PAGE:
So everyone preaches eat less, move more. The TV show the Biggest Loser epitomizes that. And it works short term! With highly restricted calories and excessive workouts you can loose a lot of size and weight. But as soon as you go off it, the weight rebounds back even more. So what is going on? An aricle from The New Blog explains the problem and what to do about it.
First, a bit of background on the actual diet and exercise regimen. Classic Eat Less, Move More. Surely something like this is a good thing, right? What could go wrong? All the ‘experts’ recommend this weight loss regimen. Well, Kai Hibbard, the winner of season three is quoted as saying, “It was the biggest mistake of my life”. Season two’s Suzanne Mendonca says that the reason there’s no reunion show is that “We’re all fat again”. Much of this ‘reality’ series is actually fairly scripted, but this is not the first or last reality series to have that fault.
Luckily, there has been some serious studiesdone on The Biggest Loser contestants. Dr. Ravussin and Kevin Hall published some fairly extensive metabolic testing on 16 of these contestants. There was a dietary intervention combined with an exercise component. The exercise consisted of 90 minutes per day of vigorous circuit training +/- aerobic training for 6 days a week. This part is often depicted on television, along with some rather questionable fat shaming/ yelling/ screaming by the personal trainers. The exercise portion sometimes far exceeded the allotted time. The fact that vomit buckets were regularly used is an indication that these contestants were pushed quite hard. During their stay on the ranch the minimum time doing physical activity was 2 hours per day.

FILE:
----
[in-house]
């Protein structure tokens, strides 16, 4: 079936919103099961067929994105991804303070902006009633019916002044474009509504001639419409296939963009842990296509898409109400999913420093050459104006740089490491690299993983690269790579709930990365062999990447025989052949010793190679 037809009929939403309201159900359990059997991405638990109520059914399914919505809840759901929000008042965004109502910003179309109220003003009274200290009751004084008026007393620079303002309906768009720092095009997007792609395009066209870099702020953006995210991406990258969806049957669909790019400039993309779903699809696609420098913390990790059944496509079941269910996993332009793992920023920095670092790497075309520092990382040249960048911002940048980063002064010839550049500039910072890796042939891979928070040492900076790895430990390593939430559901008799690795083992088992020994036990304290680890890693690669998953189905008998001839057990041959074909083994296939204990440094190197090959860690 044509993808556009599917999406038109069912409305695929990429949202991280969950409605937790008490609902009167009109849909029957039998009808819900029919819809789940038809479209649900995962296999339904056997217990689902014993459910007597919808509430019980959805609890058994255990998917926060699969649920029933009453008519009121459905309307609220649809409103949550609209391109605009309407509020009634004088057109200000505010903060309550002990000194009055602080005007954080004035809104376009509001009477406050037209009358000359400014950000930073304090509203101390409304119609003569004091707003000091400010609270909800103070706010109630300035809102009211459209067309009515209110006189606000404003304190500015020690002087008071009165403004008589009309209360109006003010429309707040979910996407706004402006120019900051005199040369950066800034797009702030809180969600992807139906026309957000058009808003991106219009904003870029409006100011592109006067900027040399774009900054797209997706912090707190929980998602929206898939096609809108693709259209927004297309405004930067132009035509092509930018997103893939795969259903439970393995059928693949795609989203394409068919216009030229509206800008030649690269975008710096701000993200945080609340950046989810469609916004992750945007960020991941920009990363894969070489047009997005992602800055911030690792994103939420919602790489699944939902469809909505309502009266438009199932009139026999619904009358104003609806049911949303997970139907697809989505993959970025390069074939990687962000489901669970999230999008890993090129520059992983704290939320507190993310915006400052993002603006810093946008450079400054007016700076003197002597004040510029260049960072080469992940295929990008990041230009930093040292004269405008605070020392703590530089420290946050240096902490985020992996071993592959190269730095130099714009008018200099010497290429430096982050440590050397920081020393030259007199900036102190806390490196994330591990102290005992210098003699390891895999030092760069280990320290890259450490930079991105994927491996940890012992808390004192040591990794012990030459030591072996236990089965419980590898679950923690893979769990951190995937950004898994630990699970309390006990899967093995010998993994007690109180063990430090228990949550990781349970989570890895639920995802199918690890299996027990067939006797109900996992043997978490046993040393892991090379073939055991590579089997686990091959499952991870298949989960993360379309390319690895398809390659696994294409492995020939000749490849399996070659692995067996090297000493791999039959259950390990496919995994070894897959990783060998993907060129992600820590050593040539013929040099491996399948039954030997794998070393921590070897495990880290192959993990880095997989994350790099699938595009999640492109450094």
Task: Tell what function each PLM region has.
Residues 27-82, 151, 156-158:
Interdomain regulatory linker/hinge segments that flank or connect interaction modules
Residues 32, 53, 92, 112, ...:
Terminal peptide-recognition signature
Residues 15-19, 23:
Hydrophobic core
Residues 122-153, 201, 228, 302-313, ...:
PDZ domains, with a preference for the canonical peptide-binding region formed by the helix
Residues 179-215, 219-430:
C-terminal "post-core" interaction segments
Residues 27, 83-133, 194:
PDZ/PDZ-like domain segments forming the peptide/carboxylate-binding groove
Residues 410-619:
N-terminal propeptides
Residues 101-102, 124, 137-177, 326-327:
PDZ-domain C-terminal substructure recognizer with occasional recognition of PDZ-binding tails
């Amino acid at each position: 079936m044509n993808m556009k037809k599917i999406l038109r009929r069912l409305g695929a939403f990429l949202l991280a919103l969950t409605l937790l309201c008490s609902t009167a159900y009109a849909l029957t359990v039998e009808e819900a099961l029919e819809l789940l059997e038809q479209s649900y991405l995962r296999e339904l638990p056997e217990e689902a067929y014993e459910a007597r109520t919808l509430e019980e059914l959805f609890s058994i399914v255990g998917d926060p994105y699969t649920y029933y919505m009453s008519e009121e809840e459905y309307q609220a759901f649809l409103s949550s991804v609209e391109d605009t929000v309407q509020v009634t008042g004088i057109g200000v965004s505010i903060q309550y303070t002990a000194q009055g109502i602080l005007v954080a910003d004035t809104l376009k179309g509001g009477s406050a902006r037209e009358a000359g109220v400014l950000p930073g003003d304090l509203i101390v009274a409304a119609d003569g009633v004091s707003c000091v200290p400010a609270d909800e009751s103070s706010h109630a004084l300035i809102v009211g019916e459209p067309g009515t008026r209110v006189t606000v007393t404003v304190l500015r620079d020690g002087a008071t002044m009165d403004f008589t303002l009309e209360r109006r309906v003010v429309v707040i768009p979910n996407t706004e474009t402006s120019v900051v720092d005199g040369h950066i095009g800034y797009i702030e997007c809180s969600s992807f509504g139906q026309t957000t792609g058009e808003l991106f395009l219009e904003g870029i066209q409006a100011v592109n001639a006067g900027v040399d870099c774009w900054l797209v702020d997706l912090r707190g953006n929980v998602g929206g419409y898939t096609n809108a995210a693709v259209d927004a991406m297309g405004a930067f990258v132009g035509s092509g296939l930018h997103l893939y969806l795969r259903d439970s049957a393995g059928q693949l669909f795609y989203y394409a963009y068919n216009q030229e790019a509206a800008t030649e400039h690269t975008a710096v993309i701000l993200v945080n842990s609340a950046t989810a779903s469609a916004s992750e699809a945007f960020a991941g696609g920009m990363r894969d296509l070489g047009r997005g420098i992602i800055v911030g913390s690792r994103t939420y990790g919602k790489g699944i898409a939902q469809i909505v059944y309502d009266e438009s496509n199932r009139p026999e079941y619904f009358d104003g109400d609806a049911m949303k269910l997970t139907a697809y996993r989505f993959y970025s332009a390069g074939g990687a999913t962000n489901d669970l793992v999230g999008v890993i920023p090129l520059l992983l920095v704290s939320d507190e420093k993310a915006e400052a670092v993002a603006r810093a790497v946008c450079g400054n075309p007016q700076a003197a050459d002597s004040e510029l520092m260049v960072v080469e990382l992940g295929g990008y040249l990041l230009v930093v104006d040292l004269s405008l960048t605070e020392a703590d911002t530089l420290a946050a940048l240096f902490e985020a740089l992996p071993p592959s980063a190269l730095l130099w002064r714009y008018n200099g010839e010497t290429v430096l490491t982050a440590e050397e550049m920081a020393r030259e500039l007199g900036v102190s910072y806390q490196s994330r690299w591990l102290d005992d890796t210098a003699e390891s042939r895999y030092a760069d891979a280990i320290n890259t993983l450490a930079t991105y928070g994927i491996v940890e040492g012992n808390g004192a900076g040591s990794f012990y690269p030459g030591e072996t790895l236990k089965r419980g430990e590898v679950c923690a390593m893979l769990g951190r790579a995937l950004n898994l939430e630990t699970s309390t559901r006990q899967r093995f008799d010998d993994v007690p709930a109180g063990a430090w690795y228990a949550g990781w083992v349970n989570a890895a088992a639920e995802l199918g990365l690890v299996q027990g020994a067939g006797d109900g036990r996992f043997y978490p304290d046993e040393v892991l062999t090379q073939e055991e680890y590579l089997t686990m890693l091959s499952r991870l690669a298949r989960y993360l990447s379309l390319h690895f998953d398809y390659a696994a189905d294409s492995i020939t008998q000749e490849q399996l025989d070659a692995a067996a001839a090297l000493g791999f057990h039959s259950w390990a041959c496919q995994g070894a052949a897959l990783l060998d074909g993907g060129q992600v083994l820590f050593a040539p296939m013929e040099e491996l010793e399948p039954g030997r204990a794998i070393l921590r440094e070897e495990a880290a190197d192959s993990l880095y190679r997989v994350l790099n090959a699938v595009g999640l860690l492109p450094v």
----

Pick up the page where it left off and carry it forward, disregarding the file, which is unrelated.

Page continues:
The dietary component consisted of a calorie restricted diet which was calculated as being about 70% of their baseline energy requirements. Calorie counts often run to 1200 – 1500 per day but it depended upon baseline weight. At baseline, the average weight was 149.2 kg (329 pounds) with a BMI of 49.4. By week 30 (the end of the show’s season), the average weight had dropped to 91.6 kg (202 pounds) – 127 pounds on average! Body fat had dropped from 49% to 28%. Wow. That’s good. Really really good.
You would think that after 30 weeks they have good habits formed, they could keep up a reasonable lifestyle and continue to loose weight. Except that isn’t what happens. All the exercise causes your Resting Metabolic Rate to drop rapidly, and that spells rebound weight gain. [nextpagelink][/nextpagelink]